Instead of beating myself up for losing my entire grasp of the English language nearly every time I begin writing, I’ve decided to honor the process & start thinking of it like when I warm my car up on a winter morning. It makes this angry squealing noise for about a minute, a noise that upon first impression doesn’t indicate forward motion. It rattles me every time I hear that noise, for a split second I wonder if this will be the morning I don’t make it out of the driveway? Often I notice a neighbor staring, maybe wondering what on earth I think I’m doing relying on a car so obviously needing a tune up. Yet I get behind the wheel, and by the time I drive a block or two, the awkward noise turns into a healthy engine hum. I’m on my way.

It’s like that with writing. As I’m warming up, as I’m dusting my words off, sometimes I feel like all I’m doing is making noise. Awful, awkward, in-need-of-a-tune-up noise. Then I write a couple messy fragmented sentences. Stop. Start. Write a few more. Eventually I warm up, my thoughts no longer hit the page like an engine ready to explode, they come out like the soft hum of forward motion. However, in the same way I feel a pang of anxiety when I see the neighbor staring towards my driveway, confused by the god awful noise coming from my rusty car; “Uh oh, does that girl need a mechanic?!”, the anxiety still exists that the means of transportation I’m relying on is so god awful rusty that I should just take the bus.

The reason I choose to move past the “noise”? I’m as familiar with it as I am with the sounds of a car engine I’ve listened to for eight years. Just as I know which sounds are everyday noises my engine makes, I know that I always am able to write once I get beyond that first hurdle, quieting the noisy rumble of self doubt. And, although some mornings, that noise is almost deafening, the sentences and phrases screeching out like the engine of a decade old Hyandai, I’ll know as soon as I get behind the wheel and let my truth carry me forward, I’ll find the words.

speak-the-truth-even-if-your-voice-shakes1

…………………………………………

I once read somewhere that the average person speaks about 15,000 words in a day. That’s over five million words in a year, the equivalent of fifty full length novels! We are all story tellers, sharing our story every moment we are awake. Every novice writer is given the advice; “Write what you know,” yet if we speak novels worth of words, why does no one ever tell us, “Speak what you know”? In a society that too often encourages us to conceal ourselves, can we challenge ourselves to use more of those 15,000 words to reveal our story, to share who we are underneath? What about using those words to discover who we are to begin with?

As I was discussing my own errors in communication with a dear friend last week, I was reminded that an important part of communicating compassionately is knowing that I am speaking from my own truth, and from the heart not from fear. It’s only when I come from that place of authenticity, of who I truly am, and what I truly mean, then I can let go of others’ reaction. In that moment, communication becomes about showing up and expressing the unshakeable truth of who I am.

Of course, this isn’t easy to do… actually, it’s exhausting and terrifying! Communicating my truth means… yikes… people are going to see who I am, flaws and all. But in doing so, I choose kindness. In accepting and revealing myself for all my insecurities, fears, and fragility, I hope I am giving others around me permission to love their own perfect imperfections. In being vulnerable, I make the statement that I reject the societal norm of concealing my humanity.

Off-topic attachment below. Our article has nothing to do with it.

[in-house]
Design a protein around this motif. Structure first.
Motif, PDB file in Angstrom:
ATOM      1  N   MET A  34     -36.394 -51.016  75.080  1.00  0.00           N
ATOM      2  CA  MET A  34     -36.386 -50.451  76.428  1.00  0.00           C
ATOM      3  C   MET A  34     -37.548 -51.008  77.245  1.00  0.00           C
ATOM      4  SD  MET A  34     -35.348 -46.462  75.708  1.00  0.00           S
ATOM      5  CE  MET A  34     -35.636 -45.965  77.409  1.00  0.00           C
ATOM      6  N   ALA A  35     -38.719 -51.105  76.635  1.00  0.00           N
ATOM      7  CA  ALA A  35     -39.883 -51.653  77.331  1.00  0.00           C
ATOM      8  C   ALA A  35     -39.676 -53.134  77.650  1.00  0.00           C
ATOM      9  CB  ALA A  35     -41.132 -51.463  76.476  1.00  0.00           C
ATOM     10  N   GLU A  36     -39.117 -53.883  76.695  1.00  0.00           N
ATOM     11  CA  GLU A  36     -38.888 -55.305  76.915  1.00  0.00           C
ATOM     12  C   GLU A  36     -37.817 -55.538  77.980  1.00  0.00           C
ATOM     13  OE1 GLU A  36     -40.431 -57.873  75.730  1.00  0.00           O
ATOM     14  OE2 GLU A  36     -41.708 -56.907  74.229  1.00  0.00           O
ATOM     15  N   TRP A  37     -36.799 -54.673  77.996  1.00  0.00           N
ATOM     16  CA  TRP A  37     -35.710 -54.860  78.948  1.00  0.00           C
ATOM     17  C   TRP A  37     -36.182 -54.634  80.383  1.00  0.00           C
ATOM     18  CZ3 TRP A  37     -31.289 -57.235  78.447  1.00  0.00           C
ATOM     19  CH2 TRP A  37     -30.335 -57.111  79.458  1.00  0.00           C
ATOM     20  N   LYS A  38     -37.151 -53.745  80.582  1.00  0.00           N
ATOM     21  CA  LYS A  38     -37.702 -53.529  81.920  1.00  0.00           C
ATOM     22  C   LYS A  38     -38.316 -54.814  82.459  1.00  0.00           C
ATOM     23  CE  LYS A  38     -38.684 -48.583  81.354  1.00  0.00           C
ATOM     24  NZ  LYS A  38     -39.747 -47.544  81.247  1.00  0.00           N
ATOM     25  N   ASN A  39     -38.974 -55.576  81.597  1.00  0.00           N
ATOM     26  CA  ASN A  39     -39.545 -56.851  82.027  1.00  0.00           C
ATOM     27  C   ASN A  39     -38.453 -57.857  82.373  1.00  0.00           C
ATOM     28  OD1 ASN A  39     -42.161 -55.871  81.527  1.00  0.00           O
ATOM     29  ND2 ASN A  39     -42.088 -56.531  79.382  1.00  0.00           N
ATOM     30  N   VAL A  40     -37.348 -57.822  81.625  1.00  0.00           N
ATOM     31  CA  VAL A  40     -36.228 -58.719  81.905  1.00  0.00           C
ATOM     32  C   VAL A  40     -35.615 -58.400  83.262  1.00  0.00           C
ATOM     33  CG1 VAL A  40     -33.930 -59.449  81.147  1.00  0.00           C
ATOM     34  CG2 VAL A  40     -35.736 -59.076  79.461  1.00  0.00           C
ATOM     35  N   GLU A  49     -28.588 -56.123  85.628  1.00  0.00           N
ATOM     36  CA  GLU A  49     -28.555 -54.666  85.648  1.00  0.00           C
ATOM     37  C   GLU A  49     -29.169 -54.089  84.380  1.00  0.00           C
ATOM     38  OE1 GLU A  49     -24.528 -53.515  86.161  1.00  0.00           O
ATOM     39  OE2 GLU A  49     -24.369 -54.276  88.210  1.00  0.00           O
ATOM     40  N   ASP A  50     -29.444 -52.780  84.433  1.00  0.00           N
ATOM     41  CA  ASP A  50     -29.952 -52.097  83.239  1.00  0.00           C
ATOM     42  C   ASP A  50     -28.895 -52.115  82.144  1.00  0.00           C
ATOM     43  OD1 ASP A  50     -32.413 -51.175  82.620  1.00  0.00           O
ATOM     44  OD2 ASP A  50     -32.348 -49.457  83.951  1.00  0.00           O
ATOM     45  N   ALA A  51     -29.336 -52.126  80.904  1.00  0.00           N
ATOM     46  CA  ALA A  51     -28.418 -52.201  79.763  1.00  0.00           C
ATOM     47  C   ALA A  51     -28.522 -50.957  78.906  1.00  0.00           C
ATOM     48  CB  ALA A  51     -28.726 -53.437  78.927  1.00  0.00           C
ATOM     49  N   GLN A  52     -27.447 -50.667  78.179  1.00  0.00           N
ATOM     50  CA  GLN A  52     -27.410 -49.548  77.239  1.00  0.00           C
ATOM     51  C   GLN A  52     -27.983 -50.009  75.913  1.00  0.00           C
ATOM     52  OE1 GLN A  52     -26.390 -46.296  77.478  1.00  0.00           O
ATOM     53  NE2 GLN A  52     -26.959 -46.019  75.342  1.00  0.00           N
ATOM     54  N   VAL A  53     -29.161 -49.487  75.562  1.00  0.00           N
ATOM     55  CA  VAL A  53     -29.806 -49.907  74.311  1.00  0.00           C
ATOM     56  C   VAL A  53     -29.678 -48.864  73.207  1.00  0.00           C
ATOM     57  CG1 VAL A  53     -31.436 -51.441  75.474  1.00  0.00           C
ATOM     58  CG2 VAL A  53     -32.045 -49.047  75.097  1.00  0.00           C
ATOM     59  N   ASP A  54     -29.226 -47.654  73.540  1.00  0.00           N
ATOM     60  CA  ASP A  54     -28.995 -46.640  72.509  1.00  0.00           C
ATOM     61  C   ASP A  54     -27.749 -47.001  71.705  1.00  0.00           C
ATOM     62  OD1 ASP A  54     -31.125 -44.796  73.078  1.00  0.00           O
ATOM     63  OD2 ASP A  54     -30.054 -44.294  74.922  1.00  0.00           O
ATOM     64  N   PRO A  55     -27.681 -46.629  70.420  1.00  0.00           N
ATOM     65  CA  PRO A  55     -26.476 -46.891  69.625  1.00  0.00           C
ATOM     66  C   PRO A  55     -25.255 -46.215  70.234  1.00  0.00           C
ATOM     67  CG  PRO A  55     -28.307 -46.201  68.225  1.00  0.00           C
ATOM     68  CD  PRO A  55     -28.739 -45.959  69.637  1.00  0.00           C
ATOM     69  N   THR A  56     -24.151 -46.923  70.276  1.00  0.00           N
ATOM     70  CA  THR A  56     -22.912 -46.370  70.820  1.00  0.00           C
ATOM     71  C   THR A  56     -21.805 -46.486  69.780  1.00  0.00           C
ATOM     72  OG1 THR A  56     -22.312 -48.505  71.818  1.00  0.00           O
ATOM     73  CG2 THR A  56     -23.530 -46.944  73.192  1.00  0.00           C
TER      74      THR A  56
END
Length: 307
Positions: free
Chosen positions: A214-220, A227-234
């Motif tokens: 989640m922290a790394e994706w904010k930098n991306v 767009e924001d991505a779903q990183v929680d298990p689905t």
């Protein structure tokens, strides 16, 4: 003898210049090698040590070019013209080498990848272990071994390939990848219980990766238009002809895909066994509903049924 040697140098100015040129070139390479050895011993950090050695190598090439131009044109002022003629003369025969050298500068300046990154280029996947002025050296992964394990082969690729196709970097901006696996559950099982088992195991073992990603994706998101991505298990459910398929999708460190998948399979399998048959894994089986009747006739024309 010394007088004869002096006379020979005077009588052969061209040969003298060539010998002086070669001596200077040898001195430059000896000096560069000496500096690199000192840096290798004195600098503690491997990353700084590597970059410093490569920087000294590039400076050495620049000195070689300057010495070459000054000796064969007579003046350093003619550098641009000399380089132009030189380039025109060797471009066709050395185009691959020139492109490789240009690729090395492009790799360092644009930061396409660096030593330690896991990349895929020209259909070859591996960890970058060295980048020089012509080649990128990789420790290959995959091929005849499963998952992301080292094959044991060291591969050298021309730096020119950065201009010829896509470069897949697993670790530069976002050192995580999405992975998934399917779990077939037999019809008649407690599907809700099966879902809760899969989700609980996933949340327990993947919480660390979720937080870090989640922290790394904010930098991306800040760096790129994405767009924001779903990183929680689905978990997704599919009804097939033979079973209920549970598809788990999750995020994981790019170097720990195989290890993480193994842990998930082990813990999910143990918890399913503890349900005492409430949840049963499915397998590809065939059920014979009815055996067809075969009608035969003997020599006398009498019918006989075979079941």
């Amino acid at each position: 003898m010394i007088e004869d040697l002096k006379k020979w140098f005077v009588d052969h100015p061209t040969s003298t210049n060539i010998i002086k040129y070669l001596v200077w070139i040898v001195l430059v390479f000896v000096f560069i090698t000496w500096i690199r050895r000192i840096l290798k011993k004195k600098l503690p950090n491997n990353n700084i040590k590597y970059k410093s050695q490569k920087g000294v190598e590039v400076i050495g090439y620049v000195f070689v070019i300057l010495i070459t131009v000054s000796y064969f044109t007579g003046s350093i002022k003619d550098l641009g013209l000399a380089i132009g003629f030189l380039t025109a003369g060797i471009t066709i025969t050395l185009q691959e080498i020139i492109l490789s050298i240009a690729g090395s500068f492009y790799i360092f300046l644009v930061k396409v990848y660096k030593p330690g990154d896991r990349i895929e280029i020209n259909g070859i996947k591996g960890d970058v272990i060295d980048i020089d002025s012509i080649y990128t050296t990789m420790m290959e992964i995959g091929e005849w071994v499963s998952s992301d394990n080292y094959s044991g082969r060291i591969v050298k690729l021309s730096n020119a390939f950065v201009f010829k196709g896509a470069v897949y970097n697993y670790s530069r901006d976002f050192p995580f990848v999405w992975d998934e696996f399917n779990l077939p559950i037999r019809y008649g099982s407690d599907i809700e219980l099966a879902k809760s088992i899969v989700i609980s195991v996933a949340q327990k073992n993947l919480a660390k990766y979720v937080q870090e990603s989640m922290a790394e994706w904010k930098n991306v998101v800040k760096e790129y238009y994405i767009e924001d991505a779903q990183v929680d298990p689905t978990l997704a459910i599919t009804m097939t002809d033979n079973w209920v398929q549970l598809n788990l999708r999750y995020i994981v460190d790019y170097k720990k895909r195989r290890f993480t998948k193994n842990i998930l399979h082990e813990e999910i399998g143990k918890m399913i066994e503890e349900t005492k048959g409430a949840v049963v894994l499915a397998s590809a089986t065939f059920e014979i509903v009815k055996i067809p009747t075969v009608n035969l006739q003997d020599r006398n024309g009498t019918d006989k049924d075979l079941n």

And it’s so easy to make excuses…  There are so many ways we learn to rationalize speaking from places other than truth. Sometimes we hold back our truth in an attempt to be kind, afraid that our truth isn’t what someone wants to hear. Other times we are afraid to share our truth because we think it is wrong, unacceptable, not good enough. Sometimes we don’t speak our truth because we simply haven’t embraced it ourselves; recognizing our truth can be scary, especially when it might shake things up, it might shift a situation, it might create change that we don’t feel ready to face. Yet despite the rationalizations, even when it feels uncomfortable, or unnecessary, what I’m starting to recognize is that unless I communicate from a place of openness and authenticity, something feels incomplete, disconnected…

I also recognize that writing for me has always been the way I recognize truth in myself, and for me starting this blog a first step in sharing that with others. However, I’m not going to pretend to be unafraid, have no self doubts. I struggle with communication, I’m a work in progress. Not only am I still working on “speaking what I know”, I’m just working on knowing what I know. As easy as it is to conceal how I feel from others, I can hide it from myself. I keep uncomfortable personal truths wrapped up in layers of self protection, and maybe the biggest part of my journey is removing those layers one by one to find my true self underneath. I think that’s a large part of the human experience, removing all those layers of defenses until we can truly connect with others.

Thus the title of my blog, “Almost open book”. I couldn’t be a completely open book if I wanted to, because I haven’t read all of the pages. What I recognize is that the more able I’m able to recognize my own strength, and ground myself firmly in my own truths, without personal judgment, the more I’m able not only to speak my own truth with kindness, but to listen to others’ truths with acceptance. And while I can’t share what I don’t know, my resolution as I continue opening my world to those around me, is to share the pages I have read, and even when my voice shakes, even when that first sentence comes out as a jumble of awkward noise, to speak my truth.